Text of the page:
NEW! Canadian Military History Trivia Challenge

Day: May 17, 2022

The Parliament bombing of 1966
Military History, Military Milestones

The Parliament bombing of 1966

On May 18, 1966, a lone man left the public galleries of the House of Commons during a debate and went to the men’s washroom on the third floor. Then he lit the fuse on a dynamite bomb. But Paul Joseph Chartier had miscalculated exactly how long it would take the wick to burn. Instead of his likely intended victims—politicians on the floor of the House—the 44-year-old accidentally blew himself up. A note was found in his pocket, beginning with “When I am president of Canada….” He had written a 23-page letter to the Edmonton Journal saying that, before becoming president, he intended to kill as many members of Parliament as possible. Weeks earlier, he had written to the clerk of the House asking to address MPs from the floor; he was turned down. He had lived in a rooming house in T...
Scientists claim to have solved mystery of Gulf War illness
Front Lines

Scientists claim to have solved mystery of Gulf War illness

A team of American scientists claims to have solved the mystery of Gulf War illness in a detailed genetic study that points the finger of blame at sarin nerve gas. The researchers at University of Texas Southwestern Medical Center’s epidemiology division in Dallas not only found that veterans exposed to sarin during the Persian Gulf War were more likely to develop problems associated with the illness, they also discovered the risk was regulated by a gene that can enable some people’s bodies to better break down the nerve agent. The study was headed by Dr. Robert Haley, a professor of internal medicine and the division director who has been studying Gulf War illness (GWI) for 28 years. His group’s findings were published in Environmental Health Perspectives, a peer-reviewed journal su...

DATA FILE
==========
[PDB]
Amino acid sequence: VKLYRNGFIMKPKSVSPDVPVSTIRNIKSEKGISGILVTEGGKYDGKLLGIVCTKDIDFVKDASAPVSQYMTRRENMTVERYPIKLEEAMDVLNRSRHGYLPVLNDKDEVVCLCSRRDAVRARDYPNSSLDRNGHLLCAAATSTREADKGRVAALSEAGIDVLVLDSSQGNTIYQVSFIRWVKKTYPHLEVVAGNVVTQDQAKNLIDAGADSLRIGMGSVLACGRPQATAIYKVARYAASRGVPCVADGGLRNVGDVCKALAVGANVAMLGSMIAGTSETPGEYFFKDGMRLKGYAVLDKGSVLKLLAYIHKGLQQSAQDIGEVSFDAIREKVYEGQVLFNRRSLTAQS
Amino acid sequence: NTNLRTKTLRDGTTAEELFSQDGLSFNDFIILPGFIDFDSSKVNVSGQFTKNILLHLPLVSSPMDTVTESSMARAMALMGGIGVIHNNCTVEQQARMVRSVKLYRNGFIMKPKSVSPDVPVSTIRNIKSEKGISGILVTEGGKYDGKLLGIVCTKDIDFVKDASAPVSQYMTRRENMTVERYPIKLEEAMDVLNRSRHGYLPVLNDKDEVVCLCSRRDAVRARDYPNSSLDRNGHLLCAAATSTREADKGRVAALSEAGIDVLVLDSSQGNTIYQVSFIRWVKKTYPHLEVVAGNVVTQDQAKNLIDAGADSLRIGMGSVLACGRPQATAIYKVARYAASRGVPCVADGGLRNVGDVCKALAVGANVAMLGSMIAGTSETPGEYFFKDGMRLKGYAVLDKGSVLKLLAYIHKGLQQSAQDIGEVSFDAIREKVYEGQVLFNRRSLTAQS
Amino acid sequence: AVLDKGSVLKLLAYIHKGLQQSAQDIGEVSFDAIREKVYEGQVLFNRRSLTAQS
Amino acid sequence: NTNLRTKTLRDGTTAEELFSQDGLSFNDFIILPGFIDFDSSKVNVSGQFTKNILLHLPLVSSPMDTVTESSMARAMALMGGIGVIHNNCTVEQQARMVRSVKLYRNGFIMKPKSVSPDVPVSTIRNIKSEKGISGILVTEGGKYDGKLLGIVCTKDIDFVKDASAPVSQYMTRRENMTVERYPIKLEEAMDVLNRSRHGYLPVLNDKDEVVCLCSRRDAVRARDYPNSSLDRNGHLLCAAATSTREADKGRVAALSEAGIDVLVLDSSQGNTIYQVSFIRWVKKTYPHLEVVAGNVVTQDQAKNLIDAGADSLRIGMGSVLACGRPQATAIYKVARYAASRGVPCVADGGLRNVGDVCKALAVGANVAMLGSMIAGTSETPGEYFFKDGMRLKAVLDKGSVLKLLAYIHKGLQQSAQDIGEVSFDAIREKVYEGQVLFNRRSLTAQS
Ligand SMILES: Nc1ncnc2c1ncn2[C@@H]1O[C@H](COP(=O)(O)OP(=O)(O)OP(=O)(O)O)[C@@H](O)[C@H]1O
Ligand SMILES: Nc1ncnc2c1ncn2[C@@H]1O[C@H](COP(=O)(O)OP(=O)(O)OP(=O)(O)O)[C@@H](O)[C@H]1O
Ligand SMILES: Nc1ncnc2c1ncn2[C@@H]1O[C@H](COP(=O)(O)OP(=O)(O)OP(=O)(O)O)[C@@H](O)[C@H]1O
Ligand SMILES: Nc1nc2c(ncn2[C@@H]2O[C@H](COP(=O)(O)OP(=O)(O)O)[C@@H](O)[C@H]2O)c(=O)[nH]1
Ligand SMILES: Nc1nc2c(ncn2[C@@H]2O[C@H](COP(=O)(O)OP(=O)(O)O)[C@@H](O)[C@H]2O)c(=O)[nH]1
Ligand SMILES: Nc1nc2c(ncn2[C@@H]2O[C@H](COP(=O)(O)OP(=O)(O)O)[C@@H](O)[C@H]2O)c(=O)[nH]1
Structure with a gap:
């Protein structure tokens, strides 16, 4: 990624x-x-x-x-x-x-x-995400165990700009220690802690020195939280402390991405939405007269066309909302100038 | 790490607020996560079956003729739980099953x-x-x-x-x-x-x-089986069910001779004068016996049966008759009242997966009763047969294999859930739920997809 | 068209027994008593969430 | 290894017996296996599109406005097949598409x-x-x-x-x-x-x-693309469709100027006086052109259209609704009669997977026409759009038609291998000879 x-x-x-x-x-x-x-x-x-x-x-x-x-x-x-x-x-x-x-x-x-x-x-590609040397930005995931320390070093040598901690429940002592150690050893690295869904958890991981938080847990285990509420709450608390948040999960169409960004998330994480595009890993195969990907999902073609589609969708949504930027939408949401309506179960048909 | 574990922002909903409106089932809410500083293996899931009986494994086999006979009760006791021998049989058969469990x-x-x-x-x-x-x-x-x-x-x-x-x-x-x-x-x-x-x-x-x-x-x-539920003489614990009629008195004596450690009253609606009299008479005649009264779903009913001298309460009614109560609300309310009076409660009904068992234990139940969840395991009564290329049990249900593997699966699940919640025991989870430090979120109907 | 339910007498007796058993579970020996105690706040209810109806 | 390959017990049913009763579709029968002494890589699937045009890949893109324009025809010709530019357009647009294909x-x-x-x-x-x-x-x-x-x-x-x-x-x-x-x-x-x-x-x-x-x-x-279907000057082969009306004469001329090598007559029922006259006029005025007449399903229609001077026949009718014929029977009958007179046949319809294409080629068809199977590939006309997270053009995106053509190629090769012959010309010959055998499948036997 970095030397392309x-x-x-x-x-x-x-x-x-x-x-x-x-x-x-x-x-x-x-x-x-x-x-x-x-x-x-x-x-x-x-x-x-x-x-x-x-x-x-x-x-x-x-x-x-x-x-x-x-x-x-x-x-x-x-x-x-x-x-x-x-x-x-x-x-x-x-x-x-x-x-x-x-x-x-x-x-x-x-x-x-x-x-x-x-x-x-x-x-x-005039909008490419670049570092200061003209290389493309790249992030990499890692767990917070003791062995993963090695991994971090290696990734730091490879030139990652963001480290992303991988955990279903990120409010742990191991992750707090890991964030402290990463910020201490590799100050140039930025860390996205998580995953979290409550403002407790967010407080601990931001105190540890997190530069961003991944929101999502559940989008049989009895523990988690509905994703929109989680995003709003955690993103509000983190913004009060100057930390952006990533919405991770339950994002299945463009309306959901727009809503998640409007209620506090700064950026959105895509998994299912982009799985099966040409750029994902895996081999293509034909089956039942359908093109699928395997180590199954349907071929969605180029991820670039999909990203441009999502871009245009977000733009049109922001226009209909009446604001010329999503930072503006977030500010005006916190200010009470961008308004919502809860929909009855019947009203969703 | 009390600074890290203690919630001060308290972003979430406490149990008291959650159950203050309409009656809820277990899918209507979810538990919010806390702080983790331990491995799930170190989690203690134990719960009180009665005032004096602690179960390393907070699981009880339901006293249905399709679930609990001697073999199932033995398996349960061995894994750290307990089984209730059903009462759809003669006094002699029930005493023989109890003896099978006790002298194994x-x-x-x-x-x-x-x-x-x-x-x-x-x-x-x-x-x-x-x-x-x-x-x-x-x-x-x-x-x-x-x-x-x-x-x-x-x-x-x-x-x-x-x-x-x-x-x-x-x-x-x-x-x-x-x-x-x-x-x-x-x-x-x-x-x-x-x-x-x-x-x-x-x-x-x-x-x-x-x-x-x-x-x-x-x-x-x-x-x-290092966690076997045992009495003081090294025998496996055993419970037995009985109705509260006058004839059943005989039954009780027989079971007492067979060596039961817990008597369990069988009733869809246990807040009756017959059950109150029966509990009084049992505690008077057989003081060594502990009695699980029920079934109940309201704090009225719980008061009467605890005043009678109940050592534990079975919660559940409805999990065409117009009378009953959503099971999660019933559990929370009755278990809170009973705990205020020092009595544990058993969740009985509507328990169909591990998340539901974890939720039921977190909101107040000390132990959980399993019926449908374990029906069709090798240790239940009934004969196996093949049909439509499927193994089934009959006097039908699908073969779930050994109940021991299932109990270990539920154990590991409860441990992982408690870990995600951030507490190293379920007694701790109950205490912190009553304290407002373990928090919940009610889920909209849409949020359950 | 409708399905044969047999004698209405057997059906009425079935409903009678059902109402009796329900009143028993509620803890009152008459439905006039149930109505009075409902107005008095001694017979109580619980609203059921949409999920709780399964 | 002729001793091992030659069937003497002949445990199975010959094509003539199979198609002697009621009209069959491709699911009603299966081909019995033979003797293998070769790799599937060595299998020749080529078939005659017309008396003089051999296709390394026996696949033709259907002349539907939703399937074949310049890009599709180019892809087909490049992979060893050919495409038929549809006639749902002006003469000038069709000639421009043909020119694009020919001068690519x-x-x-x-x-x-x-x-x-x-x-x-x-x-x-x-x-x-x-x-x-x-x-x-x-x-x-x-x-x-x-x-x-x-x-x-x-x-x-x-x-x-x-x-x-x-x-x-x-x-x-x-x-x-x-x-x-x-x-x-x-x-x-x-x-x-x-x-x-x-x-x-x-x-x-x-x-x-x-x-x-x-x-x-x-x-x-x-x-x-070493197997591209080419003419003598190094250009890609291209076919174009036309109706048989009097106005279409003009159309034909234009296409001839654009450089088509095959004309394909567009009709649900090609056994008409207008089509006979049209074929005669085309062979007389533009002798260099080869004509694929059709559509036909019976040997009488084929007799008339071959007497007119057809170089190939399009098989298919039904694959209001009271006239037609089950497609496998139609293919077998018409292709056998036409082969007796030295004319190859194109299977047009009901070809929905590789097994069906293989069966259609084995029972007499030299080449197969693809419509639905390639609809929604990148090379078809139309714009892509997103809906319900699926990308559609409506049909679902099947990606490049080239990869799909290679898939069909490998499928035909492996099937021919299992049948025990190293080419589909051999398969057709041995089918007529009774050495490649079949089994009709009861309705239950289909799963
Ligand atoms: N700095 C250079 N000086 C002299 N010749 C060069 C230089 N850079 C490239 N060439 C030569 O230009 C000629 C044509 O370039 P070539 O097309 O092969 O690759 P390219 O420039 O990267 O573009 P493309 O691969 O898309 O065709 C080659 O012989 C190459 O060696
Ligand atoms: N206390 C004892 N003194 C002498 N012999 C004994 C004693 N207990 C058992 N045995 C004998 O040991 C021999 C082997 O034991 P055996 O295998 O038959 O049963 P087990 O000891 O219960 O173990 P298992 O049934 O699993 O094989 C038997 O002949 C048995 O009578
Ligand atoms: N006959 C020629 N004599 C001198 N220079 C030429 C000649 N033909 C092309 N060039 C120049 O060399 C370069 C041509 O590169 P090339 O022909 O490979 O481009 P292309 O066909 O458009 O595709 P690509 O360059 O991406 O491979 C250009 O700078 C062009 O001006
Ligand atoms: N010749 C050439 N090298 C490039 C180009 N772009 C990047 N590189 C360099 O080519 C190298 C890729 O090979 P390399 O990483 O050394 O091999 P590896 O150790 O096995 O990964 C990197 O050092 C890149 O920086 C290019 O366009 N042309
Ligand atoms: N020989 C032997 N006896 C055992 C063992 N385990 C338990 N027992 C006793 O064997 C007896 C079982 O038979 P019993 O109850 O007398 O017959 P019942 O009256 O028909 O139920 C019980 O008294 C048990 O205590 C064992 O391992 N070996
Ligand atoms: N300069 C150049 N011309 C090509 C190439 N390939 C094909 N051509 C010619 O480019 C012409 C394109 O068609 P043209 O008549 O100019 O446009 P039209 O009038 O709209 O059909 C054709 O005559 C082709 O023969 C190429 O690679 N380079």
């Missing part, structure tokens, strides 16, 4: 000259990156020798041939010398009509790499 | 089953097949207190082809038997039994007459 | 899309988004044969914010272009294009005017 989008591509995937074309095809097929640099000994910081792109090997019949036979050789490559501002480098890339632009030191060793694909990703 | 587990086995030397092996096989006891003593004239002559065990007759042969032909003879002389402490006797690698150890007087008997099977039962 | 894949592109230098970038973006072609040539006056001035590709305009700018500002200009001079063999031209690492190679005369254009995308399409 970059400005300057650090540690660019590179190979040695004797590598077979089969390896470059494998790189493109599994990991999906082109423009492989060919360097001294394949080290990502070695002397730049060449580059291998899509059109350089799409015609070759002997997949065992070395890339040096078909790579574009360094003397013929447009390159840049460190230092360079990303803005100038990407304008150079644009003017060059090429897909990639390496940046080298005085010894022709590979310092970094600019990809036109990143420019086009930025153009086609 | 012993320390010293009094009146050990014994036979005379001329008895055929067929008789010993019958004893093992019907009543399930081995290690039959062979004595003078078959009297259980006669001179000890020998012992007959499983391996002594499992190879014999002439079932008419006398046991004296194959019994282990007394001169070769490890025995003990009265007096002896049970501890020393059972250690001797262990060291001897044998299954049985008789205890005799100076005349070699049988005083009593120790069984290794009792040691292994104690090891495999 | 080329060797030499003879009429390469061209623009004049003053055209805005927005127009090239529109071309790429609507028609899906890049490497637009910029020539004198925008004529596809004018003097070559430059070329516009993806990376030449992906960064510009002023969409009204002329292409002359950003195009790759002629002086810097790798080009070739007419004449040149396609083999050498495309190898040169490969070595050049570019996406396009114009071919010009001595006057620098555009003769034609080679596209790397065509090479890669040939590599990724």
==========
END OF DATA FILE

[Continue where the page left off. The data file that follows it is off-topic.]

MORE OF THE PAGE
Should Canada have settled its civil suit with Omar Khadr?
Face to Face

Should Canada have settled its civil suit with Omar Khadr?

Howard Anglin says NO Omar Khadr was captured 20 years ago during the War in Afghanistan when he was 15. He was detained by the U.S. military for 10 years and repatriated to Canada in 2012. A year later, he sued the Canadian government, accusing it of violating his rights. In 2017, the government settled his lawsuit for $10.5 million. Debates about the settlement are difficult because they are usually derailed by related, but not necessarily relevant, feelings about everything from Canada’s participation in Afghanistan and the broader “war on terrorism” to one’s views of the Chrétien or Harper governments.  Emotional reactions to Khadr’s case are natural, whether it’s sympathy with Khadr for being raised in a terrorist household or anger at his association with al-Qaida, from assem...

Sign up today for a FREE download of Canada’s War Stories

Free e-book

An informative primer on Canada’s crucial role in the Normandy landing, June 6, 1944.